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A Senior Duofold, from what I can find online, ran $7 at intro. Waterman's Cardinal Red...which was a bit of a premium...the 54-size shows as $4.50, in a catalog at archive.org. Sheaffer Balance was a tad later...end of the 20s to 30s...but they were 9 and 10. Somewhat surprisingly, the Patrician was only $10.

So the Duofold was in line with the other name brands' premium pens. I wouldn't equate any of these with a Rolex of today; the premium on Rolexes has just skied. A Duofold was, what, 5-7x the cost of a Wearever...but a Rolex is 15x the cost of a Hamilton. And I'd argue a Wearever is closer to a Seiko 5 than a Hamilton...in which case the comparison is that much worse. There's plenty of solid watches out there for around, say, 1000...my Ming 17.06 Copper was 1250, IIRC. A Rolex OP 39 gray market is still 5K...and a Sub *starts* at 10K. So, the Duofold's premium amounted to a few hours of work...but a Rolex would be measured in weeks.
 

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I was not comparing as equivalent the Parker Big Red with a Rolex Sub per se. I was comparing them by analogy of proportionality - what they represented. Both the Parker Duofold Big Red then (and one might say a modern Duofold today) and Rolex Sub (from the 1950s to date) are veblen goods, both priced extravagantly above what is deemed normally acceptable to pay for a decent pen or decent watch. Both are iconic, both trend setters & widely copied, both aspirational items, objects of desire and symbols of wealth or achievement.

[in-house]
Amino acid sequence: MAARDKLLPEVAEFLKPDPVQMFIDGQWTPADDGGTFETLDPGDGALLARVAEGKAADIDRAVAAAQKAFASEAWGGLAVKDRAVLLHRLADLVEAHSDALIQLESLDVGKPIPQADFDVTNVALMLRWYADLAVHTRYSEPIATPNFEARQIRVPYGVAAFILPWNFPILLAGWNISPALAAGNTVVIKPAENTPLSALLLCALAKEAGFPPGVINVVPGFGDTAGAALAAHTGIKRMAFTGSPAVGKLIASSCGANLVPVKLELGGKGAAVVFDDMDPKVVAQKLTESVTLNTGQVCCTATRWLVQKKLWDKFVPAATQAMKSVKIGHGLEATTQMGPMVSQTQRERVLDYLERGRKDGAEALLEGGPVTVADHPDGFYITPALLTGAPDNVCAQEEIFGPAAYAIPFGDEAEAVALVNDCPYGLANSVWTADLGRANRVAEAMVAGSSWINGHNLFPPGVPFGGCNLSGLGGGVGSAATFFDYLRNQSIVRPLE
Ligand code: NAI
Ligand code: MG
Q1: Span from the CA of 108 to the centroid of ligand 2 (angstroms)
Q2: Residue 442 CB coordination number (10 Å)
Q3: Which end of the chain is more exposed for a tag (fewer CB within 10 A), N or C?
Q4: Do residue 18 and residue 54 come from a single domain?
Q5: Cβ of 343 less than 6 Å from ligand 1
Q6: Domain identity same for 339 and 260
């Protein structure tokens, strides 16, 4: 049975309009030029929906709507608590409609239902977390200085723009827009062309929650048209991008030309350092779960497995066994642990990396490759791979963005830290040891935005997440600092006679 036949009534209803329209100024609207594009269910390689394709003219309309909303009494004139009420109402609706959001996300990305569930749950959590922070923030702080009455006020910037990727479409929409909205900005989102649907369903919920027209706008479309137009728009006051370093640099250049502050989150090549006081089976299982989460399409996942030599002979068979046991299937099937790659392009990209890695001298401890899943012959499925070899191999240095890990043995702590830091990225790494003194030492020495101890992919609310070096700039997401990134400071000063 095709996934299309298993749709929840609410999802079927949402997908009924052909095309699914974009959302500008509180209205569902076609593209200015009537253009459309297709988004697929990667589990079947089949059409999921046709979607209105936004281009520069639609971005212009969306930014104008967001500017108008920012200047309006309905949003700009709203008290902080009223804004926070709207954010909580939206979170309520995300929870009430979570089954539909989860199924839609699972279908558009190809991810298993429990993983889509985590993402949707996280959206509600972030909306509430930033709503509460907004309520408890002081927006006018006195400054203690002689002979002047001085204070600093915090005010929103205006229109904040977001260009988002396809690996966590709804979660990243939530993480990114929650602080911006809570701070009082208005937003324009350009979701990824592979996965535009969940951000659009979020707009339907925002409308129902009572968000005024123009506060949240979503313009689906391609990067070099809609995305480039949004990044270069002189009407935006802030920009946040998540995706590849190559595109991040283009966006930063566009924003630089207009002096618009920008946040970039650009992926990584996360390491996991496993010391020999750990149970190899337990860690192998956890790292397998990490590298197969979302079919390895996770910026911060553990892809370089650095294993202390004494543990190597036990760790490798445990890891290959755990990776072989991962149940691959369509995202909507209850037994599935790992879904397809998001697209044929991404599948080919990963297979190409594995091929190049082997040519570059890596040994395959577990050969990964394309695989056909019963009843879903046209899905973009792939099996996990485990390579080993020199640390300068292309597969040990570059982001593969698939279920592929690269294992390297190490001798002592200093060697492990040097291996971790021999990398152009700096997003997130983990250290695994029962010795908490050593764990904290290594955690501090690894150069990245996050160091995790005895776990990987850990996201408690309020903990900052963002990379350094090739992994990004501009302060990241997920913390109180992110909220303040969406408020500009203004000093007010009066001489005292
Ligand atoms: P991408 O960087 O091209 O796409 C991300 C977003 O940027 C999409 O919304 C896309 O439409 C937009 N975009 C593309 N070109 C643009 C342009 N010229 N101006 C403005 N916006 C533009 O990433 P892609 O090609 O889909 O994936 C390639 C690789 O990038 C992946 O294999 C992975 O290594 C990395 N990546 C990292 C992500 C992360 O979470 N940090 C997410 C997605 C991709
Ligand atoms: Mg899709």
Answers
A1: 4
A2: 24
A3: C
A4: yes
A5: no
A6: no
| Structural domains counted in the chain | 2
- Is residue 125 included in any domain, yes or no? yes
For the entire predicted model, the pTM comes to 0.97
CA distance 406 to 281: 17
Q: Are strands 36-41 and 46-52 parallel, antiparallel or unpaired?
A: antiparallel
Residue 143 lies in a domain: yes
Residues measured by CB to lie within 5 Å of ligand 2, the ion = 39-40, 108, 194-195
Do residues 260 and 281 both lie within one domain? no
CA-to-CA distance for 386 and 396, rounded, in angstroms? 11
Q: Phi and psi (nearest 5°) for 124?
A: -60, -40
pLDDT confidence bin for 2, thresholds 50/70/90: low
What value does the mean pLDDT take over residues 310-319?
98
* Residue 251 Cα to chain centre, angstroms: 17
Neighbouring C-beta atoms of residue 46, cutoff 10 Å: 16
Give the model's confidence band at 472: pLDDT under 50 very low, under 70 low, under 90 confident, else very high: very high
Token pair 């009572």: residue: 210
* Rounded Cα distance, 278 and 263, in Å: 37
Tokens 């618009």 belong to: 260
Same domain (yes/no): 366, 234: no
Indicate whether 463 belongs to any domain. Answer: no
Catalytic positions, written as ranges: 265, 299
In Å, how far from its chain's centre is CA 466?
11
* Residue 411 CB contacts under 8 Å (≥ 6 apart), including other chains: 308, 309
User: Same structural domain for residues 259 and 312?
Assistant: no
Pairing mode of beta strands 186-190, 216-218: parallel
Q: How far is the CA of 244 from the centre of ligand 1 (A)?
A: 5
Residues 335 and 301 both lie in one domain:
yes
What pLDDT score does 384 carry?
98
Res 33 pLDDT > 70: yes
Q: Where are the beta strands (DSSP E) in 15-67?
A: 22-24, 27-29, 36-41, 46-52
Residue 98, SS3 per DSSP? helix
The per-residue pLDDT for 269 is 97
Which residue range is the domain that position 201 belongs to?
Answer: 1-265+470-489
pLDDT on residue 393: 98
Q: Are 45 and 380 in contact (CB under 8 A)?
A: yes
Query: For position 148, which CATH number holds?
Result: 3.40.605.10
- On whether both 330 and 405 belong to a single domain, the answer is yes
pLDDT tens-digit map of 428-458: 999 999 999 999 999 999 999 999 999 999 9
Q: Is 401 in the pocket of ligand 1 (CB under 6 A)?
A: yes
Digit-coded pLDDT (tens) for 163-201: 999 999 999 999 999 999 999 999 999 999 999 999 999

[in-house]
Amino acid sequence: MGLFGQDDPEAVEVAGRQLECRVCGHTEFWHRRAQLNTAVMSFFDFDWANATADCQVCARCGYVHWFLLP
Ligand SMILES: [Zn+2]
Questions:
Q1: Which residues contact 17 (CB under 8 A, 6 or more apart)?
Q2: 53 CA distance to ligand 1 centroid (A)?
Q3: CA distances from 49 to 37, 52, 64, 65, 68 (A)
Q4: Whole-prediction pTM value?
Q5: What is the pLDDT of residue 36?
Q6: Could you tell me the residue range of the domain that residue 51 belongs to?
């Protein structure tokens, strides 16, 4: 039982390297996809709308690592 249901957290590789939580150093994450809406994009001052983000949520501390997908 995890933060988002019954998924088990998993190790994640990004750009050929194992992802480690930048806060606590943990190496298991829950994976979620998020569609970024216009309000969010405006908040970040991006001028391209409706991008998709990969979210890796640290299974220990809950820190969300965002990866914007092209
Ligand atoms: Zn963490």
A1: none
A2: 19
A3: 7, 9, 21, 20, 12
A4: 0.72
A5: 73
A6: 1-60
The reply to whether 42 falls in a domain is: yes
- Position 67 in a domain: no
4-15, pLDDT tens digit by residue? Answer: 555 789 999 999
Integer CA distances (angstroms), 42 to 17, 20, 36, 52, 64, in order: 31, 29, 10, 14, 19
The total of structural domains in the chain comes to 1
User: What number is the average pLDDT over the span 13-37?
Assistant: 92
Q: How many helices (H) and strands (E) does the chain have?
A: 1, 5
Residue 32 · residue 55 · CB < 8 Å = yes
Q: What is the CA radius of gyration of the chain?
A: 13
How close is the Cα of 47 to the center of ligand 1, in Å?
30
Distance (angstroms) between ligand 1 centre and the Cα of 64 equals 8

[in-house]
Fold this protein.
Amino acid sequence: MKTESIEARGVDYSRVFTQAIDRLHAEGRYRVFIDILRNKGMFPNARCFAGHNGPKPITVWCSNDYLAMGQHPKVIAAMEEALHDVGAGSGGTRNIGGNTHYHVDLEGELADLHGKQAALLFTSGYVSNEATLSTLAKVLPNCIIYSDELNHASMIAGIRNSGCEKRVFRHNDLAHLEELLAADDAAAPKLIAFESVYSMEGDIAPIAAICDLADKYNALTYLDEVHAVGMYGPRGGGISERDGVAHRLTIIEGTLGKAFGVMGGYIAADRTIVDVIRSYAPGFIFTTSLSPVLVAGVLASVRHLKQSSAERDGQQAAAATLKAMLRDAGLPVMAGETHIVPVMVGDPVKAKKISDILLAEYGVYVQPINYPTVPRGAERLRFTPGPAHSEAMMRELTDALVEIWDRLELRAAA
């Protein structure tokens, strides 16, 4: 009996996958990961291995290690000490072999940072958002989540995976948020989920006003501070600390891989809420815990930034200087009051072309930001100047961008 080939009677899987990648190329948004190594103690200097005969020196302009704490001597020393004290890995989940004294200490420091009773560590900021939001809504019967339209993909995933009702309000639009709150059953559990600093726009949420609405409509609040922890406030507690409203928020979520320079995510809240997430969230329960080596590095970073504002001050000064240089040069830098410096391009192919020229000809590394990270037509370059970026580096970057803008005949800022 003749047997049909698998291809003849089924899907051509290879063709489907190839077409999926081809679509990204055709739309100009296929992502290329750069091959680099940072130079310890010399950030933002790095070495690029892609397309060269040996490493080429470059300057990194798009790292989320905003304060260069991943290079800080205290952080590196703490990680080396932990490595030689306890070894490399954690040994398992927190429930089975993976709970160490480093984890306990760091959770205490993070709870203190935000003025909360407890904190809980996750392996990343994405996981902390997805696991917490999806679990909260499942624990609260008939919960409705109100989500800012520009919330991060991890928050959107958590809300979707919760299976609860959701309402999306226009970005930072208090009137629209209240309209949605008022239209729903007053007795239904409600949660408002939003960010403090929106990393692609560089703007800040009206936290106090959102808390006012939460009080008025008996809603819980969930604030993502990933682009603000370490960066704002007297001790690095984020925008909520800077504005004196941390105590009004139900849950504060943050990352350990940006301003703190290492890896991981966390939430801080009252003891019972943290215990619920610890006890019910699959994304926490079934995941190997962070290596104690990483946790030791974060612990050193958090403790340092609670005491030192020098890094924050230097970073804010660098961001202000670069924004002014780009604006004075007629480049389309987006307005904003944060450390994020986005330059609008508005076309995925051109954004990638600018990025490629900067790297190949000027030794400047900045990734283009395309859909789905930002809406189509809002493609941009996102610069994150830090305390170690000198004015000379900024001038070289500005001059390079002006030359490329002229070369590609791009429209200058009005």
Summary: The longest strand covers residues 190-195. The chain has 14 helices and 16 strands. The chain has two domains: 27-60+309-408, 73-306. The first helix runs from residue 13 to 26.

When the Duofold was launched in 1921 America was in the middle of the worst depression she'd known; in 1921 unemployment had jumped from 5% in 1920 to 9%; in 1921 - farmers were earning less than 2 dollars a day. A fountain pen that cost $7 seemed absurd and even indecent.

According to the Bible of fountain pens, Lambrou's Fountain Pens of the World, 'At that time (1921) almost all pens were black, selling at around $2.75. Lewis M Tebbel, one of Parker's branch managers had a revolutionary idea for a new pen: it would be of considerable size, with a large ink capacity, a big gold nib and produced from a vivid red-orange material...such a pen would sell for about $7 - more than twice the generally accepted price. The proposal met with considerable skepticism from the Parker management but Tebbel persisted, pointing out that although times were hard (America was in the middle of its economic
Depression 1920-21) there were plenty of new expensive cars on the road (some sources say Tebbel took managers to the roof of the building and pointed out all the Cadillacs) indicating that people could find and were willing to pay the money if they wanted...'

He was proved right - a great product, with canny marketing, priced high to increase desire, sales shot through the roof and made the Big Red a coveted legend. Much like the sub! Competitors Waterman, Sheaffer, Conklin, LeBoeuf all played catch up and would offer some exceptional pens, some better than the Big red, but nothing could match perception n market share of Parker's mighty big red